Sunday, July 10, 2011



written by M.W. WHALEY
1 January, 1995

BORN - 16 November, 1933 at Palmersston North, New Zealand 

Father -- William Whaley - born 8 August, 1905, Auckland, N.Z.   He died 19 October, 1982 

Mother--Rose Christine Petersen - born 15 September, 1902, Mauriceville, N.Z.   She died 22     November, 1969 

Married -- 7 April, 1928, St. Paul's Methodist Church, Palmerston North, N.Z.  They lived           in Palmerston North and moved to Nelson in 1939 where they spent the rest of their lives.

The subject is of English and Danish extraction. 

Paternal -- Great Grandparents emigrated from England in 1879. 

Maternal -- Grandparents emigrated from Denmark, Grandmother in 1873 and Grandfather in      1875 and were original settlers in Mauriceville West. 

1939 commenced Palmerston North
1939-40 Tasman Street Infants, Nelson
1941-42 Nelson Central School
1943-46 Tahunanui School

1947-49 Nelson College - three years

RESIDENCES (until 1953)
Palmerston North       28 Matipo Street

Nelson                         26 Milton Street North
33 Alton Street
22 Bisley Avenue, Tahunanui    

BOYHOOD DAYS (1933-1950)
I clearly recall living Matipo Street, Palmerston North, as a young boy.  For some reason, imprinted on my mind is my first visit to a school dentist.  He presented me with a clip or momento which had "Keep Smiling" inscribed on it.  I guess that I have endeavored to follow that motto, (not only on subsequent dental visits) but all my life. 

I was conscious from an early age of the hardship and sacrifice imposed on my parents in bringing up three children during the depression years (1930's) one of whom was severely intellectually handicapped.  Undoubtedly, this had a bearing on my early shyness and humility, especially in relation to my school friends.  I suspect that this fact has also contributed to my independent and "make it yourself" characteristic.  However, this is in no way a reflection on my parent's loving care and support which sister Anne and I received. 

I remember my early childhood days as happy enough and I formed a number of lasting friendships.  I still retain regular contact with these friends, Don Wells in particular.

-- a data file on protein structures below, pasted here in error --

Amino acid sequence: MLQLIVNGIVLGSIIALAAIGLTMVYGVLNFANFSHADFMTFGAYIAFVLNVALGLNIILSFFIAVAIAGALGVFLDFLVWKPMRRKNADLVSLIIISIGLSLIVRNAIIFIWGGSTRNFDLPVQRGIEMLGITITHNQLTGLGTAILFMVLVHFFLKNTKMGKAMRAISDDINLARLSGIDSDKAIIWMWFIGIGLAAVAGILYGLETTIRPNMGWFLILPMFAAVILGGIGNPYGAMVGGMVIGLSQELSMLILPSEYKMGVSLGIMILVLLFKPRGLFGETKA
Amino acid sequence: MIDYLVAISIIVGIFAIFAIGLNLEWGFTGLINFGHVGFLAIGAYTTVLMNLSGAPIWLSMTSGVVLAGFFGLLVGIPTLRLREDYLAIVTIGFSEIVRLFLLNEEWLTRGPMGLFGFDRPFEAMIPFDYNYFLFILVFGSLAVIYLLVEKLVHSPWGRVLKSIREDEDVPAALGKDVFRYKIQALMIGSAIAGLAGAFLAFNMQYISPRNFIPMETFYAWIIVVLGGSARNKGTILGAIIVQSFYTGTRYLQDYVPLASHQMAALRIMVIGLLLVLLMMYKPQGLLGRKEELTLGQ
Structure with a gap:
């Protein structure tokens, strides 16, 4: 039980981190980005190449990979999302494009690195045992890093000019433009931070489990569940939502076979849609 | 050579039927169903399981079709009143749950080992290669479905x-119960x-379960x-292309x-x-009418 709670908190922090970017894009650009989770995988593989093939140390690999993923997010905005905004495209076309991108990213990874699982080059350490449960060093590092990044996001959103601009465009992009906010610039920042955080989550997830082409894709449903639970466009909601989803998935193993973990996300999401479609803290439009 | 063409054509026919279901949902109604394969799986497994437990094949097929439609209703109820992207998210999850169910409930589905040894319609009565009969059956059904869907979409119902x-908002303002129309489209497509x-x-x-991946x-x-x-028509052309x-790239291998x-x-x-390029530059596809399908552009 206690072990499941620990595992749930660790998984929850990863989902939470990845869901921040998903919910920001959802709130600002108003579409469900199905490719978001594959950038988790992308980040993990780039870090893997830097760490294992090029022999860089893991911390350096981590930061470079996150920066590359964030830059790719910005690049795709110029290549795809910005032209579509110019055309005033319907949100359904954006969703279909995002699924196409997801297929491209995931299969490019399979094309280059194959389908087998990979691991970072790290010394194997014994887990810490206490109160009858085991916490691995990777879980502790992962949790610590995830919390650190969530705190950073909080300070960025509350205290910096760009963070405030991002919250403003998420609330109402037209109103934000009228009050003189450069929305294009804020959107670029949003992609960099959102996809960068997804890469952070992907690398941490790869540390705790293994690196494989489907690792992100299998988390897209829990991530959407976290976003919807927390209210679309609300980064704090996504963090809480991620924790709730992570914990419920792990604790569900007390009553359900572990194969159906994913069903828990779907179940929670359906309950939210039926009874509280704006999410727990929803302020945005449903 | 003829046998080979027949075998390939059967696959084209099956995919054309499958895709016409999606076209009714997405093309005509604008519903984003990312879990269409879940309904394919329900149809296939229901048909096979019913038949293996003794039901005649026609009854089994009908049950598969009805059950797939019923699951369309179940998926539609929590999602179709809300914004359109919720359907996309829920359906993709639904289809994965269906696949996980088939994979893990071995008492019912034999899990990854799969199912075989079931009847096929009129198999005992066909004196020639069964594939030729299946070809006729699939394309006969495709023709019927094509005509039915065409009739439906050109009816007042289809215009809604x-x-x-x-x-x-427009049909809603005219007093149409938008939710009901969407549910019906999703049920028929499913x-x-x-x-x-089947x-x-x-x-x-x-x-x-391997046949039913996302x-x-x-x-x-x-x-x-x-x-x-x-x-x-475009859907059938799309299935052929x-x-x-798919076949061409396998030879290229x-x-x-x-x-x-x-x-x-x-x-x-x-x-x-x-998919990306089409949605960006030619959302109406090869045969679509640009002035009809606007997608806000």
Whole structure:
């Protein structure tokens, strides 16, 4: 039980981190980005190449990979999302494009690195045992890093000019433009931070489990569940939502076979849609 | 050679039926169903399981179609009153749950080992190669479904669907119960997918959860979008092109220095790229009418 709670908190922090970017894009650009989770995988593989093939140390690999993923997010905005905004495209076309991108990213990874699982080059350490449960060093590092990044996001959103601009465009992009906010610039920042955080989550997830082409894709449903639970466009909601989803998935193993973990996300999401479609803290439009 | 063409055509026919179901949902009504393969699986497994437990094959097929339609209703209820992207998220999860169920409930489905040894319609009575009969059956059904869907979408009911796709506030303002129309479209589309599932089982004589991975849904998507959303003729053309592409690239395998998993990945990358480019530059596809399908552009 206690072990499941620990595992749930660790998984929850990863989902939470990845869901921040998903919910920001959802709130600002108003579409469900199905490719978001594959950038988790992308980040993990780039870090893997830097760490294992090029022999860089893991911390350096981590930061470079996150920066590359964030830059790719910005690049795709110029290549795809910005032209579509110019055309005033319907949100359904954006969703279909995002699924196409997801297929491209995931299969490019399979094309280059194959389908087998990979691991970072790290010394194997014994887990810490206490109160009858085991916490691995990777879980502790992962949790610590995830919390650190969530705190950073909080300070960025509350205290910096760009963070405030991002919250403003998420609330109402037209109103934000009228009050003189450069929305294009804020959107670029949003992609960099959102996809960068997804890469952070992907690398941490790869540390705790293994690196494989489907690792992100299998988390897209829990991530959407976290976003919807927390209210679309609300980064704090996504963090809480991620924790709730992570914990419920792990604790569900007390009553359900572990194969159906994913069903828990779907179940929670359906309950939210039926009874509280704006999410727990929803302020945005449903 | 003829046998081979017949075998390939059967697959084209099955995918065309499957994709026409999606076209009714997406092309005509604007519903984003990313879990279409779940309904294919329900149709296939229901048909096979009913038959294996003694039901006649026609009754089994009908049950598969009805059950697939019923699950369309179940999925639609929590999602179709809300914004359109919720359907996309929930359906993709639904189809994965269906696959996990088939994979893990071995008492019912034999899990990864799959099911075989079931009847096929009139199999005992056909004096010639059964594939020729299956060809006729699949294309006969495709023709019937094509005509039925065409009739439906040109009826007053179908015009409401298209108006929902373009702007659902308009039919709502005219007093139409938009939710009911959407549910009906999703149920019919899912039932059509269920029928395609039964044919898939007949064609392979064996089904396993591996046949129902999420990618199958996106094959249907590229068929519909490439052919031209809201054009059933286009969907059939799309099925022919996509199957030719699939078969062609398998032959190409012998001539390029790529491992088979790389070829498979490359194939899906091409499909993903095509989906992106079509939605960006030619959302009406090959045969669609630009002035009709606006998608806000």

Our families move to  Bisley Ave., on the lower Tahuna hillside in 1943 with it's nearby beach, proved to be a real bonus whilst growing up.  I spent many hours roaming the hillside long before it became substantially residentially developed and at the beach, swimming and mapping the sandhills and mudflats.  I also mowed many lawns on Saturday mornings and after school for pocket money.  The going rate was about 2/6 (25 cents) an hour. 

I have fond memories of Tahunanui school where the lads in those days were generally a tough lot.  They always gave the "Townies" a real "roasting" whenever they ventured into our territory.  eg. the beach or camping grounds, or, when they played against our barefooted rugby teams. 

Naturally World War II (1939-45) made an impact on our lives.  Many families were split up with fathers going overseas or manpowered into essential industries.  Food rationing was in place.  I recall that our school class shaded on a map, Allied gains in Europe and Pacific Asia as the war ground on.  New Zealanders were also conscious of the possibility of  a Japanese landing in N.Z. or Australia.  In Nelson, it was rumored that there was a spy house in Atawhai that monitored shipping movements in Tasman Bay and we were aware that a weapon bunker was in position overlooking the harbor. 

Post war 1947-49 saw my College days.  Cabinet making was my chosen career so I attendee the Woodworking/Engineering course.  It is fair to say that my academic credits suffered as a consequence of my many sporting pursuits.  However, in my last year, I did achieve the College's top woodworking prize.  Overall I did enjoy my college days.  However, the fact that Nelson College was a major boarding school and my being a lowly bus boy, did not lend itself easily to involvement in college sports and other internal activities.

Boy Scouts was another interest and a strong group emerged in Tahuna under the leadership of Bruce Redfern.  I enjoyed the weekend camps and the regular tramps to the Maitai Valley, Pelorus River, and now Tasman National Park, ect.  A companion, Galvin McMillan and I submitted a report to the National Scouts Headquarters in Wellington covering a three day hike which we undertook.  For this we were highly commended.  Ironically, some fifty years later, I joined the Nelson Fifty-plus Walking Group and have renewed my association with many of the Nelson's bush tracts and walks.  I might add with a considerable lesser degree of fitness! 

In 1946/47 I became a foundation member of the Star (Stoke, Tahuna and Richmond) Rugby Union Club.  Allan Hunter was our coach.  During the late 1940's and 1950's, Tuhuna produced a strong Cricket Club with whom I performed with some measure of success.  Table tennis in the Tahuna Hall was another pleasurable activity.  Alastair St. John was the long term president. 

I regard this decade as the most notable and exciting period of my life.

1950 - Employment
I secured my first job- that as Junior Storeman for the New Zealand Fruitgrowers Federation Ltd. in Nelson.  This gave me financial independence and further opportunity to pursue not only sporting activities but also my other interests.